Electrons need help to form superconducting pairs. In conventional superconductors, lattice vibrations push the electrons together into the superconducting state. In exotic superconductors and those with a high superconducting transition temperature Tc, magnetic fluctuations are believed to play the pander’s role.

Magnetic fluctuations are strongest when magnetic order is about to form or disappear, a point known as the quantum critical point. There, electron spins are wobbliest and the spin fluctuations have the lowest frequencies: the lower the frequency, the stickier the pairing. If you’re looking for superconductivity in a magnetic material, the vicinity of the quantum critical point is where you’d start your search. Indeed, many high-Tc superconductors are found poised on the edge of antiferromagnetism.

But you wouldn’t expect superconductivity in the magnetic state itself, especially in a ferromagnetic material. Internal magnetic fields tend to twist apart pairs whose spins are antiparallel, such as the s-wave pairs in conventional superconductors and the d-wave pairs in high-Tc superconductors. Pairs with parallel spins, such as the p-wave pairs in strontium ruthenate, would not be twisted apart. But all superconductors, regardless of pairing symmetry, expel magnetic fields. At first glance, ferromagnetism and superconductivity appear mutually hostile.

So it was a surprise when Gil Lonzarich’s group at Cambridge University and their collaborators at Grenoble’s Atomic Energy Commissariat discovered last year that an alloy of uranium and germanium, UGe2, exhibited superconductivity and ferromagnetism simultaneously. 1 Now, a team led by Christian Pfleiderer of the University of Karlsruhe has found a second ferromagnetic superconductor 2 : an alloy of zirconium and zinc, ZrZn2 (see figure 1).

Figure 1. The zirconium atoms (violet) in the newly discovered ferromagnetic superconductor ZrZn2 form a tetrahedrally coordinated diamond stucture amid the zinc atoms (red).

Figure 1. The zirconium atoms (violet) in the newly discovered ferromagnetic superconductor ZrZn2 form a tetrahedrally coordinated diamond stucture amid the zinc atoms (red).

Close modal

Physicists and engineers with applications in mind are unlikely to pounce on UGe2 and ZrZn2, which both have transition temperatures below 1 K. But these materials, and the others like them waiting to be discovered, offer theorists and experimenters the chance to investigate the interactions of ferromagnetism with superconductivity in an energetically tranquil low-temperature regime. That opportunity could yield clues to understanding another class of material where superconductivity and magnetism interact: the high-Tc superconductors.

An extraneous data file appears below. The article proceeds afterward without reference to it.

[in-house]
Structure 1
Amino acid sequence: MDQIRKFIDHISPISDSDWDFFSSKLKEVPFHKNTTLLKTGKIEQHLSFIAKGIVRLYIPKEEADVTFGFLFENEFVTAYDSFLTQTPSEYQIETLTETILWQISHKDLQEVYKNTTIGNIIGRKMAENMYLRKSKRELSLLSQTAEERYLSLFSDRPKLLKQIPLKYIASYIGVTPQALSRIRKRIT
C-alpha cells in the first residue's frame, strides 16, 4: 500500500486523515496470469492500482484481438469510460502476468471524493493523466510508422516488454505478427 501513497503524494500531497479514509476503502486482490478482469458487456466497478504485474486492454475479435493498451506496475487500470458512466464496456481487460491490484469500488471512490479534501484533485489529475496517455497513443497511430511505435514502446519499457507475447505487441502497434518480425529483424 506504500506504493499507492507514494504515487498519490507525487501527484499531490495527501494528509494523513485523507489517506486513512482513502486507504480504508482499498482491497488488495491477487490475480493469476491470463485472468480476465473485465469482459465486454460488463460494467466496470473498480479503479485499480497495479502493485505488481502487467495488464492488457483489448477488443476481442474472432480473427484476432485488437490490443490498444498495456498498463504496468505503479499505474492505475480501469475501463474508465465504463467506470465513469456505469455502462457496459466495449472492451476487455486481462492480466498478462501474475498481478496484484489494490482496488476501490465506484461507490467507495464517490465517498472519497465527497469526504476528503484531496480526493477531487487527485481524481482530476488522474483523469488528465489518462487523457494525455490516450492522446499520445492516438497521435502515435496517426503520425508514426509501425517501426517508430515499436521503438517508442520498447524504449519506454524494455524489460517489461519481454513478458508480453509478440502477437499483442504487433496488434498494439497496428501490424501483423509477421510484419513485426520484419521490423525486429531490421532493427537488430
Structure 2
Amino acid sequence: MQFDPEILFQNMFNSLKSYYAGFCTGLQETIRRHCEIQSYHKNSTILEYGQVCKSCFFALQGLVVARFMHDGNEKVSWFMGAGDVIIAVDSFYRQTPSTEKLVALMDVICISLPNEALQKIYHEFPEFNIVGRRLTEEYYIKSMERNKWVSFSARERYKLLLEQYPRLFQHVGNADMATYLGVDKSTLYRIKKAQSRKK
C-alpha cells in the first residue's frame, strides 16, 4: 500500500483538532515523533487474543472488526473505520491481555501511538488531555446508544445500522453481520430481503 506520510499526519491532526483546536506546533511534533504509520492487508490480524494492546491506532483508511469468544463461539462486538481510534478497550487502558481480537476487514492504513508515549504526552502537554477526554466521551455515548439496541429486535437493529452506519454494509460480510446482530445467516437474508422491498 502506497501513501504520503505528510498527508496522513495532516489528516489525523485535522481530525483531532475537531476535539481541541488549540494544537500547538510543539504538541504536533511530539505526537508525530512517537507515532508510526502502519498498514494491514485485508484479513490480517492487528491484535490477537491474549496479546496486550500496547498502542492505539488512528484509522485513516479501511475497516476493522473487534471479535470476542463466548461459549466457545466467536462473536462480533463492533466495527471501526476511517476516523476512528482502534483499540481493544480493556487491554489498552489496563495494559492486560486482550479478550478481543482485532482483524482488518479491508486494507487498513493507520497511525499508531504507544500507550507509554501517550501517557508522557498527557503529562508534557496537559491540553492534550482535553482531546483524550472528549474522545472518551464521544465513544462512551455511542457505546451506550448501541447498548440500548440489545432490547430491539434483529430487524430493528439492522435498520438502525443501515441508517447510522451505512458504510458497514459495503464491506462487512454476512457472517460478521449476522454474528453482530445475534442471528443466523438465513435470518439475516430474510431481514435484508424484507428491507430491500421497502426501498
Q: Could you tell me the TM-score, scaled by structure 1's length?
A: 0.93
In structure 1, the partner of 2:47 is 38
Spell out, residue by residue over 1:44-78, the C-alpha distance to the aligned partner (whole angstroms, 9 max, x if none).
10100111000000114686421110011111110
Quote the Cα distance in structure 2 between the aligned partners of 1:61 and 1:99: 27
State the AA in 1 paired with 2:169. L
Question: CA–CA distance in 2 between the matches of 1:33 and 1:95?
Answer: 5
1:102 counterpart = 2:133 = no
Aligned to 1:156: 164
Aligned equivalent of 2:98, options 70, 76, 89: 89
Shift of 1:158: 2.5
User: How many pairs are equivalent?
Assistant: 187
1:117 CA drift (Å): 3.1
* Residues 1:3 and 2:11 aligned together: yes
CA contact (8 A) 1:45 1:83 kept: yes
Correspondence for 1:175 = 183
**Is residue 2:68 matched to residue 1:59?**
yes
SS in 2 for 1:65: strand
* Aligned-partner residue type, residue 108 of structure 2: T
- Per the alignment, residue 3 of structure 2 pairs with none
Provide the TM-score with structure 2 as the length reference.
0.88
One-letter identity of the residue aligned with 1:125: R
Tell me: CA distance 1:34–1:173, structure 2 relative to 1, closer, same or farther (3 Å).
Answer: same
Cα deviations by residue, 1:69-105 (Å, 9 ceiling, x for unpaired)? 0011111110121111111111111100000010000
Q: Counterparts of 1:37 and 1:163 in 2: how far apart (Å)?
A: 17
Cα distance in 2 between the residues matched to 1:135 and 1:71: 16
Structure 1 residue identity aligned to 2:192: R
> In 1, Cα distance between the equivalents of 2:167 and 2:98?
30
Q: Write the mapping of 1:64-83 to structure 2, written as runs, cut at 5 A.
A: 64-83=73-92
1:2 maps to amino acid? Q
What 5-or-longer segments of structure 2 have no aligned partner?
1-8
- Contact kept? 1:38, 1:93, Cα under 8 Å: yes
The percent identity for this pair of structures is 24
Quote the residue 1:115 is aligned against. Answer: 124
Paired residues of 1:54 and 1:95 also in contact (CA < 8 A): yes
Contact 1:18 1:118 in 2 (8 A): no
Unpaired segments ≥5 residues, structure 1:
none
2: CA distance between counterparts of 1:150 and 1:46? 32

ZrZn2 is an unusual compound. Created for the first time in the 1950s by Bernd Matthias and Richard Bozorth, its two components are paramagnetic superconductors, yet ZrZn2 itself is a weak ferromagnet whose superconductivity was previously unknown.

When theorists began to investigate magnetically induced pairing in the 1960s and 1970s, ZrZn2 looked like an ideal system in which to hunt for the phenomenon. The material’s Curie temperature Tm (the highest temperature at which magnetic order prevails) is 25 K. To experimenters looking for a superconducting transition close to the quantum critical point, a low Tm is an advantage because superconductivity tends to be a low-temperature phenomenon. ZrZn2 has another an advantage: Its intrinsic magnetization is weak enough that even s-wave pairing might survive.

But it’s hard to make pure samples of ZrZn2, so when Lonzarich and his collaborators began to investigate magnetic superconductors in the 1980s, they looked instead to other weak ferromagnets, including manganese silicide. Though much easier to make in pure form than ZrZn2, MnSi turned out to lack a key lattice symmetry that superconductivity requires.

The first ferromagnetic superconductor to be discovered, UGe2, wasn’t on Lonzarich’s original hit list. Its magnetic moment, which originates in uranium’s 5f shell, is too large and too ordered to foster strong magnetic fluctuations. What enabled UGe2 to leapfrog over ZrZn2 is its behavior under pressure.

Compressing a material pushes the atoms closer together, making it easier for electrons to hop from atom to atom and broadening the energy bands. Broad bands don’t favor magnetism, so pressure almost universally tends to make Tm go down and eventually vanish at the critical pressure pc.

In the case of UGe2 and other f-band systems, the conduction bands are rather narrow to begin with. Squeezing f-band systems gives experimenters ample space to explore a wide range of electronic states that might support coexistent ferromagnetism and superconductivity. UGe2’s superconductivity was found just below pc at about 1.6 gigapascals.

Finding coexistent ferromagnetism and superconductivity in ZrZn2 had to wait until high-purity samples could be made. The difficulty lies with zinc. Zinc melts at a modest 420°C and boils at 907°C. Both points are lower than zirconium’s melting temperature of 1850°C. When you heat the two metals in a crucible to make ZrZn2, the zinc not only tends to dissolve the crucible, it also vaporizes. Stephen Hayden (Bristol University) and Nick Bernhoeft (Cambridge University), both former graduate students of Lonzarich’s, overcame these problems by using a specially designed crucible of yttrium oxide (one of the most refractory of oxides) enclosed in a tantalum container. After making the ZrZn2 samples in Cambridge, Hayden mailed them to Pfleiderer, who had also earned his PhD under Lonzarich.